NAM: Five Decades of Efforts to Turn “Common Identity” to “Common Unity” – Part I

Tuesday, July 22, 2008

By reviewing the conferences convened by heads of member states of the so-called Non-Aligned Movement over the past 47 years, one can notice a series of concentrated efforts by NAM members to turn their “common identity” to “common unity.”

Considering that Tehran will be hosting the 15th foreign ministerial conference of the Non-Aligned Movement next week, a review of the fundamental issues related to NAM seems imperative.

Thought of Non-Alignment

The expression “non-alignment” was first mentioned by the Indian Prime Minister Jawaharlal Nehru in a speech in Colombo on April 28, 1954. Later on, the Non-Aligned Movement came into being thanks to the efforts of Asian and African leaders and founders of NAM. In fact, not all the members of NAM were non-aligned. Most of them had a different understanding of the movement but to find a common ideology which could act as a tool to maintain apparent unity among the main NAM members was not easy.

Most of the NAM members were not interested in philosophical principles and were merely active in special political and economic fields. Therefore, their unity was not a common unity but a common and new identity. In other words, the concept of non-alignment was different from neutrality as defined in classic international law. By common neutrality the Non-Aligned Movement meant non-involvement in the differences and disputes of the big states which were likely to break out at the end of 50s and early 60s.

NAM Founders & First Conference

Today, Josip Broz Tito of former Yugoslavia, Jawaharlal Nehru of India, Gamal Abdel Nasser of Egypt, Sukarno of Indonesia, and Nkruma of Ghana are cited as the founders of NAM each of whom played an important role in creation of the movement in their time. Marshal Tito, who led Yugoslavia during World War II and after the war, after establishing his power and despite the fact that he was first an advocate of the East, adopted an independent policy from the East bloc, which prompted their criticism and propaganda attacks.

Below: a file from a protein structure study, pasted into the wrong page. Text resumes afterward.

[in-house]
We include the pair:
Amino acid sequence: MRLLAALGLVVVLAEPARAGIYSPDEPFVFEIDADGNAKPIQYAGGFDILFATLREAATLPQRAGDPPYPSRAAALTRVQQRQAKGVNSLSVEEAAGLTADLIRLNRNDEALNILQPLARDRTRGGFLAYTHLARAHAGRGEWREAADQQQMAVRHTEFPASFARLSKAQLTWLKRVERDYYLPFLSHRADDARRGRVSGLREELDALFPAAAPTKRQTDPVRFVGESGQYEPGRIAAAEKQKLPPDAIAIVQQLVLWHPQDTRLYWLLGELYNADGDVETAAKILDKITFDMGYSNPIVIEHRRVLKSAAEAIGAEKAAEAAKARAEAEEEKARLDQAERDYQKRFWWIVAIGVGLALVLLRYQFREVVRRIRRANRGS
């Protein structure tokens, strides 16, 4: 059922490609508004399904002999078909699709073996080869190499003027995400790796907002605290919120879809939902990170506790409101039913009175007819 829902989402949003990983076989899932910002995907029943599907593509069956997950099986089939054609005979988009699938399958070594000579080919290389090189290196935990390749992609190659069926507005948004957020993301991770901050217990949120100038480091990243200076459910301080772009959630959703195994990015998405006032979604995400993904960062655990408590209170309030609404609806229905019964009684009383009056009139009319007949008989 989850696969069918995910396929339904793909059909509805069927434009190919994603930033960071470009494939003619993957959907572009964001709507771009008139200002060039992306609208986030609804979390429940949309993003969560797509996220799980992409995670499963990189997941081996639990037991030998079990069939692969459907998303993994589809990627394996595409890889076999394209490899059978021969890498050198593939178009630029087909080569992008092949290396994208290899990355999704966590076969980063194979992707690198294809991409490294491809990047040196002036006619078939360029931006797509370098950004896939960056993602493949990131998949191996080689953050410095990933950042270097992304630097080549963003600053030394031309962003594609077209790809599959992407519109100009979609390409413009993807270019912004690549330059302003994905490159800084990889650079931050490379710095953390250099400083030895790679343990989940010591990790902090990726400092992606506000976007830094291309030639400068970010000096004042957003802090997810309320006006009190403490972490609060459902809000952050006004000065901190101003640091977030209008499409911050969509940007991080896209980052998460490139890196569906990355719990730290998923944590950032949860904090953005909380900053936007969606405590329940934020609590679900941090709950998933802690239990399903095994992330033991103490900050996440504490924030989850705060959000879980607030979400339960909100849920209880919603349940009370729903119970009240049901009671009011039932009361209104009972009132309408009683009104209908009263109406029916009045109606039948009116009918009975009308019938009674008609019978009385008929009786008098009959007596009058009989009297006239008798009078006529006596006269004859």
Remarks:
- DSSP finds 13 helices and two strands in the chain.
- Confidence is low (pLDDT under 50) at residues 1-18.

Tito who could not turn to the West due to his ideological beliefs, tried to go for a third option in order to survive. His interactions with Asian and African leaders, including Nehru and Abdel Nasser encouraged him to propose the hosting of the first summit conference of the Non-Aligned Movement in Belgrade. Thus the first NAM summit was held in Belgrade in September 1961 in the presence of 25 countries.

NAM Summit Conferences

1st Summit (Yugoslavia): The first summit conference of the Non-Aligned Movement was held in Belgrade on September 1, 1961. Based on the conditions set for recognition of non-aligned countries, 25 countries were invited to attend the conference. The international climate at that time, namely the cold war era and escalation of international tensions, had caused fears on confrontation between the blocs and outbreak of a third world war. Therefore, the Belgrade conference put its emphasis on world peace and security and elimination of disputes through international peace and cooperation. Most of the participants were newly-independent states with bitter memories from Western imperialism and for the same reason they were pessimistic about the West and more inclined towards the East.

2nd Summit (Egypt): The 2nd summit was hosted by Egypt and held in Cairo October 5-10, 1964, attended by 47 nations, with most of the new members being newly independent African states. The main aim of the conference was to discuss global crises and ways to establish peace.